Montreal-based portfolio manager Stephen Takacsy is the CEO and chief investment officer of Lester Asset Management, an investment management firm that manages more than $300 million in assets, including $56 million in the Lester Canadian Equity Fund, an actively managed fund that’s coming up on six years in existence.
He believes that despite some pretty heady valuations in the markets at the moment, the move by investors from actively managed mutual funds to passive ETFs like the iShares S&P TSX Capped Composite Index Fund (TSX:XIC) has created some attractive buying opportunities in stocks ignored by investors because they’re not included in the major indexes, such as the TSX Composite Index.
Stocks like Andrew Peller Ltd. (TSX:ADW.A) — a wine business with a $638 million market cap I first recommended in October 2016 — that fly under the radar of a lot of investors simply because they aren’t in the index or they’re disregarded by analysts.
Takacsy particularly favours small-cap stocks like Peller and Plaza Retail REIT (TSX:PLZ.UN) and micro caps such as Ten Peaks Coffee Co. Inc.(TSX:TPK).
Takacsy’s fund has performed well since its inception in July 2006, up 10.3% on an annualized basis after fees, 440 basis points better than the TSX Composite, so he definitely delivers for the owners of his fund.
Here are three more of the manager’s holdings I see doing well in 2018 and beyond.
It’s not been a good year on the markets for the Winnipeg manufacturer of plastic packaging. Its stock was moving along at a nice pace heading into the summer, up 33% since the beginning of 2017, and then it proceeded to unwind almost all of those gains in the second half of the year due to NAFTA concerns.
If today were December 31, Winpak’s 2017 total return would be just 2.2%, which isn’t great considering its 2016 total return was -0.04%.
In July 2016, I recommended Winpak stock, suggesting its consistent growth of both revenues and earnings made it a winner in my books. It’s barely budged over the last 17 months thanks to the 2017 second-half letdown.
Have a look at its earnings for the first nine months of fiscal 2017, and you’ll see that it continues to grow the top and bottom lines, providing investors with an excellent entry point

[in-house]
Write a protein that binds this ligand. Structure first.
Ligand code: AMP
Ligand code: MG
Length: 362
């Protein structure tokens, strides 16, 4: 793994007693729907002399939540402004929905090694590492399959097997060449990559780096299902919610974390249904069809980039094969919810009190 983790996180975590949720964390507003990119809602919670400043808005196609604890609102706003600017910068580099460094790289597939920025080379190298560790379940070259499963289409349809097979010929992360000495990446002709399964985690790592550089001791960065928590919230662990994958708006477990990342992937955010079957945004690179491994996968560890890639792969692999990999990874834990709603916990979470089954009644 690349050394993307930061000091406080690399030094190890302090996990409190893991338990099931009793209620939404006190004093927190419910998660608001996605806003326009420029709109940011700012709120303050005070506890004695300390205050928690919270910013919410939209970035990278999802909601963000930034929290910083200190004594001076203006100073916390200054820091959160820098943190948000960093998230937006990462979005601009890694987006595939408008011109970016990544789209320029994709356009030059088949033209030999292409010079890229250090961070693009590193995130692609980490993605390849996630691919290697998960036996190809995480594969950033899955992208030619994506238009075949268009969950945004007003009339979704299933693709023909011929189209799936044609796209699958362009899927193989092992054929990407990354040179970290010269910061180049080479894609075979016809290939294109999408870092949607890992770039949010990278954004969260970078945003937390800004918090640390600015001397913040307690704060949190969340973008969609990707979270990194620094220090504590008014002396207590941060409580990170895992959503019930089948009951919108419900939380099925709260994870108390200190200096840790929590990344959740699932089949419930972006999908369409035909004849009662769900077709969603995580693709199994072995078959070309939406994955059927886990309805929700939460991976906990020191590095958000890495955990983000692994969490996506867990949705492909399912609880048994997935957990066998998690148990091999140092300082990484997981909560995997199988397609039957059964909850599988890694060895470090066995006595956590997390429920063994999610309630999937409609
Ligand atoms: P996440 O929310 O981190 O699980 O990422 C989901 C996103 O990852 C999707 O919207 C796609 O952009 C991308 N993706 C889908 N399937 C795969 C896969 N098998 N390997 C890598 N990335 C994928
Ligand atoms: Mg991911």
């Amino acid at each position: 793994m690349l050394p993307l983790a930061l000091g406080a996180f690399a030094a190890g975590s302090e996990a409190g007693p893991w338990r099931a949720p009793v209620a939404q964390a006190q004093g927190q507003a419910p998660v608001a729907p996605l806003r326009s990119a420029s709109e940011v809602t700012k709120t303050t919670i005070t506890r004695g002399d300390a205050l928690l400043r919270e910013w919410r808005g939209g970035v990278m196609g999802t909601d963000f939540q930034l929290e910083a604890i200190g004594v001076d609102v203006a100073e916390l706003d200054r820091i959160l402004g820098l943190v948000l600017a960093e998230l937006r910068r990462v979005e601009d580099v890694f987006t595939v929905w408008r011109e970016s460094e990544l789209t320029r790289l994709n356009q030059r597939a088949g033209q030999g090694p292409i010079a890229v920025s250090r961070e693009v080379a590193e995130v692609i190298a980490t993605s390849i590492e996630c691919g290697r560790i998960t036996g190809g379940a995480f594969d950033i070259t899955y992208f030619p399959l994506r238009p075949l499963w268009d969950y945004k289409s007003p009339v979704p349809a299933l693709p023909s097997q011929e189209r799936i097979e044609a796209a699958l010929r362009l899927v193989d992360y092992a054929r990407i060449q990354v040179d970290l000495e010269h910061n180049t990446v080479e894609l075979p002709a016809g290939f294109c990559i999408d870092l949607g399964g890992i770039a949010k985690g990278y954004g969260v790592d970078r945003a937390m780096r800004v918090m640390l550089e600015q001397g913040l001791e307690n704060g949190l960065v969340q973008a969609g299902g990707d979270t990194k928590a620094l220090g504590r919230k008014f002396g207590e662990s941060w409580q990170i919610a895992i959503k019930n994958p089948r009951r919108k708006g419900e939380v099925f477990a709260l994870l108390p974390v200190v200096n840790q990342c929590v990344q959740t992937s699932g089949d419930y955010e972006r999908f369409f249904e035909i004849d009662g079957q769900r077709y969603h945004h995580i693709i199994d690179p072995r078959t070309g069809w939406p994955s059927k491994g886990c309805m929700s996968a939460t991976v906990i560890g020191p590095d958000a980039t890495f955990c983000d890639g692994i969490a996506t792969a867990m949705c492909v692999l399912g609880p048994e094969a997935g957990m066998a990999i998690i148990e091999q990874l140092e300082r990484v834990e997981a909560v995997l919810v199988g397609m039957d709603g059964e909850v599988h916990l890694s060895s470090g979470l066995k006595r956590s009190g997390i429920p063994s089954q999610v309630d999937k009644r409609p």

Not to be confused with AGT Food and Ingredients Inc.,who process and sell pulses all over the world, Ag Growth manufactures equipment for the storage and handling of grain and fertilizer — two products that are likely never to lose their demand.
Heading into 2018, the company expects its sales and EBITDA to grow as a result of a higher than usual backlog of business in both Canada and internationally. As well, its fertilizer platform in Brazil and elsewhere is performing well, and the contribution from Global Industries Inc., the U.S. business it acquired in April for US$100 million, has expanded its U.S. manufacturing capabilities.
Its stock might be a little ahead of itself in terms of its valuation at 18 times cash flow, but the 4.5% dividend yield should help take away any doubts about owning its stock.
If you think Ag Growth is expensive, you’ll definitely feel the manufacturer of elevators and lifts is anything but a value at almost $18 a share, but given the aging population is expected to provide Savaria with 10% annual organic growth for the foreseeable future, I think it remains a stock worth owning.
Also, it also likes to make acquisitions. Its most recent saw it pay $3.1 million for an Australian company that it gives it access to the Aussie market — a big one in the company’s expansion plans.
In fiscal 2018, Savaria expects revenues to grow by 40% year over year to $260 million with EBITDA of at least $42 million, its best profitability over the past five years with margins that have never been higher.
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